I am behind closed doors taking some quiet time in. My rambunctious board & train just realized that I am in my bedroom and she is adamant to get in. I do my best to ignore her barking at the door. I begin counting:
1,2,3,… I manage to not acknowledge her barking. She stops the barking but begins to whine. Her whining sounds so miserable, that one would think someone is really inflicting some bodily harm to this girl. I go back to counting as I try to breathe deeper. Once again she stops. Good! I think now I can go back to “quiet”.
Seconds later she decides that she will try yet another strategy just to make sure I know she wants in.
This time she begins scratching at the door. Okay, I lose it here. I definitively don’t want nail tracks on my wooden door. I yell at her to go lie down and… the scratching stops!
Minutes later when I come out from puppy-hiding I see her lying almost asleep just outside my bedroom door… good dog! I tell her. We resume with our day.
It is the nature of behavior to have different manifestations or responses that while manufactured by a given motivation have different expressions. Dogs behave following this rule. They try different strategies to what they want or need. Once they realize a strategy is not producing the intended results they try something else. Sometimes they will escalate the response just in case it works this one time as it did before. This is called an extinction burst. In essence, there is an escalation (I know real fun sometimes) of the behavior or strategy before it is abandoned completely by the dog because it is not working.
What does this mean to us- keeper of pups? It means that we can pretty much pick and choose which of their responses work for us. If I had let my B&T in the minute she began to bark at the door what have I just reinforced? Her barking. So now whenever she wants closeness or my attention she will try that first. Laws of learning point to the fact that whatever behavior we reinforce we will see more of so be mindful as dogs are learning all the time, not only when boarded with a trainer or in a training class, let’s say.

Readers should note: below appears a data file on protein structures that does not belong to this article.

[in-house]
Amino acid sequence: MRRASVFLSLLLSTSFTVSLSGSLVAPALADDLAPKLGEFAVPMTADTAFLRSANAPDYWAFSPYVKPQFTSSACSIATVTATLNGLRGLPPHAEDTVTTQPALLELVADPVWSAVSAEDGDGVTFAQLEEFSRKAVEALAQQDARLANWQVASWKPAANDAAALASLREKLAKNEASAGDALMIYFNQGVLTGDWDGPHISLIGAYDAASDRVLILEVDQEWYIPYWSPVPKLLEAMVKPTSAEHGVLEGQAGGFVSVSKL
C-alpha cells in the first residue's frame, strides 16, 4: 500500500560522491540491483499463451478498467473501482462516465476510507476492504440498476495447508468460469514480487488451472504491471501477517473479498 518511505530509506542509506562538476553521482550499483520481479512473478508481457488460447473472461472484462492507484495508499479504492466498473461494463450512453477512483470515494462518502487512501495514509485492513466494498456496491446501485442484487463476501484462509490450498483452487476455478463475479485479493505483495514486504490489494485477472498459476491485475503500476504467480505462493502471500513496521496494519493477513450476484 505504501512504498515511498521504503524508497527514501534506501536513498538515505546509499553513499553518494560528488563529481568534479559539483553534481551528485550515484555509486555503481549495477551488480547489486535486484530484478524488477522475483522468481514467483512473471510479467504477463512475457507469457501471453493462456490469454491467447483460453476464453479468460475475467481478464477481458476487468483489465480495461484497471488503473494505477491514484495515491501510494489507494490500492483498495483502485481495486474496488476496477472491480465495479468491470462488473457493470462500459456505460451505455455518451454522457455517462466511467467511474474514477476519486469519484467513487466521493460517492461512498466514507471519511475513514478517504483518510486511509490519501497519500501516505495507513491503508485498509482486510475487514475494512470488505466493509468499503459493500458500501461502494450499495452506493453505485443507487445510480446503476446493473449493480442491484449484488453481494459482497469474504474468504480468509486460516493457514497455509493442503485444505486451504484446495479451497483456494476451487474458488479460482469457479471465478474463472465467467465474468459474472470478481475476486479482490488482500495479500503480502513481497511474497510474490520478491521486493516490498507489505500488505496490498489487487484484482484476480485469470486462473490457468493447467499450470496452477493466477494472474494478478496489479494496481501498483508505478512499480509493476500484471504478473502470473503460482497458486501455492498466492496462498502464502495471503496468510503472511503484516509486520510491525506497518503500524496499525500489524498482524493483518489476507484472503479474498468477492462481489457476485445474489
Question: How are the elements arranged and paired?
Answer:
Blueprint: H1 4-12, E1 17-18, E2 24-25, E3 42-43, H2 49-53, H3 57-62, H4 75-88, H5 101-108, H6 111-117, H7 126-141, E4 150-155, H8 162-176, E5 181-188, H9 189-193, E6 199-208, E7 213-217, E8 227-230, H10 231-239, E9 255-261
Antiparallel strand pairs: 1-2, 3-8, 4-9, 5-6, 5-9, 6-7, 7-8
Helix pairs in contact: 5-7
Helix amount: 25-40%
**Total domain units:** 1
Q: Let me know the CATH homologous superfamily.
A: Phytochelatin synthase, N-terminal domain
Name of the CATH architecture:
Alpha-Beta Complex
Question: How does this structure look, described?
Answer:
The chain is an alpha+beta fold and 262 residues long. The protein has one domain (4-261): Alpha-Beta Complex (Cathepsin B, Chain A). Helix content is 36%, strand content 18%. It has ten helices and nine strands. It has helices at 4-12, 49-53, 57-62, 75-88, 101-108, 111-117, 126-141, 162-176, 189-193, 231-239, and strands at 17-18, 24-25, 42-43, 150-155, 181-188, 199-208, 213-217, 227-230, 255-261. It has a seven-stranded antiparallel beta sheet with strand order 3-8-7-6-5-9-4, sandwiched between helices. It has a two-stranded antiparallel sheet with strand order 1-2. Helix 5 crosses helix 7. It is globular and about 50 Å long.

Now, the example above is a really good one because it illustrates how “messy” life can be.
My board & train tried three different strategies, none of them were successful as I did not open the bedroom door. Instead, I asked her to do something else that suited my purposes but perhaps not hers.
Why then do you think that she finally chose to lie down after I asked her to do so? Well because lying down has worked for her in the past! Having a dog lying quietly on their bed when I am trying to work or cooking is high on my list of trained behaviors. In her case, we had practiced over and over again with her lying down as a requisite for my attention or a piece of whatever I was cooking – if appropriate, etc.
As I teach new behaviors to a “green” dog- that is a young dog or one that has not had a lot of “formal” learning I must make sure that I do not just ask, but instead that I set things up so that the dog can be successful in understanding what I am asking her to do.
As the dog learns a given behavior in one context, say in my example lying down on the bed provided when I am in the kitchen so that she is not underfoot, I can begin to ask for that same behavior which is now fluent in the first context; in new context or situations. As I do this, I need to consider that while the dog has learned this well in one specific situation it is as a brand-new request in a different context.
Practice does make permanent. Once a dog can perform a behavior in different contexts we can say with certainty that the behavior has generalized- something dogs do not do well.